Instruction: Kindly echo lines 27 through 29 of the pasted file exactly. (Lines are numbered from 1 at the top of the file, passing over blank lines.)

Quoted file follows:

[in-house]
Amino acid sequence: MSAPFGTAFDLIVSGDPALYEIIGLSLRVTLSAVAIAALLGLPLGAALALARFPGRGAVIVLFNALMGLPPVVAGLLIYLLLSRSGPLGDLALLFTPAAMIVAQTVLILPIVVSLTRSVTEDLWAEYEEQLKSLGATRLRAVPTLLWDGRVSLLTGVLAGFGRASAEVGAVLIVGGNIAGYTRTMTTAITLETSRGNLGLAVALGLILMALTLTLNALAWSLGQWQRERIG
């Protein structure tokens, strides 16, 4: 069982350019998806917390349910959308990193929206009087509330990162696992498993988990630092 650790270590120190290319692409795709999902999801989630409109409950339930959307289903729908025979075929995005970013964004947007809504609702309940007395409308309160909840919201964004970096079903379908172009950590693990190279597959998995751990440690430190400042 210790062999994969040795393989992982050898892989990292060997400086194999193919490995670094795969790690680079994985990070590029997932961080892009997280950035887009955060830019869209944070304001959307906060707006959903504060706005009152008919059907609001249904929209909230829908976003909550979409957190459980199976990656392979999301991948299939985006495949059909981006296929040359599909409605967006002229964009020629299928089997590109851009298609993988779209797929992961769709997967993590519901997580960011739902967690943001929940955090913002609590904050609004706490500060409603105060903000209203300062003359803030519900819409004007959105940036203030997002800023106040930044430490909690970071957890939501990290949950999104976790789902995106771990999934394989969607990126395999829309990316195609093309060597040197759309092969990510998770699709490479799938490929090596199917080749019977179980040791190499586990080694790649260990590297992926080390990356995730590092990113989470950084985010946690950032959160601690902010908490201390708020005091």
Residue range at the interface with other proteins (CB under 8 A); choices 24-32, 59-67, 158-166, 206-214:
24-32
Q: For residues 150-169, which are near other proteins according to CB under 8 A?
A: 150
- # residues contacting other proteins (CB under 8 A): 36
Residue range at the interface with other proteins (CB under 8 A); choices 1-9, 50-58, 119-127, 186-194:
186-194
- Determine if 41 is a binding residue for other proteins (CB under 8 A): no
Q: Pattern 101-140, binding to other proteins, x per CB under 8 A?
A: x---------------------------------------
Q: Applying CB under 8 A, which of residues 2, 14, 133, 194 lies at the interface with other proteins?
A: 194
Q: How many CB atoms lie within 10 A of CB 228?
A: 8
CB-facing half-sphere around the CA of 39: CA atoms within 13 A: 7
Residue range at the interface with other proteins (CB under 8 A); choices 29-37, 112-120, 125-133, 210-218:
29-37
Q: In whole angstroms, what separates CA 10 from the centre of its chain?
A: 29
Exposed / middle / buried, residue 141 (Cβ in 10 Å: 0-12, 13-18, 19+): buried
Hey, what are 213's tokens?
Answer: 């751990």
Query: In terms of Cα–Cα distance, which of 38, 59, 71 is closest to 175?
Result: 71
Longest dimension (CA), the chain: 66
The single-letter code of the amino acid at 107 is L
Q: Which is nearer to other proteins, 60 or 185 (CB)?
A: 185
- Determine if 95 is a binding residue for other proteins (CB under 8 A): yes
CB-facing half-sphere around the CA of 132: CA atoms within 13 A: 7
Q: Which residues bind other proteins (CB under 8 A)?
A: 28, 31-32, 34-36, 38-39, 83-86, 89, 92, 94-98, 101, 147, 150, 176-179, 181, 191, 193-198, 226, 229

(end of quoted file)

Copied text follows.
Result: 71
Longest dimension (CA), the chain: 66
The single-letter code of the amino acid at 107 is L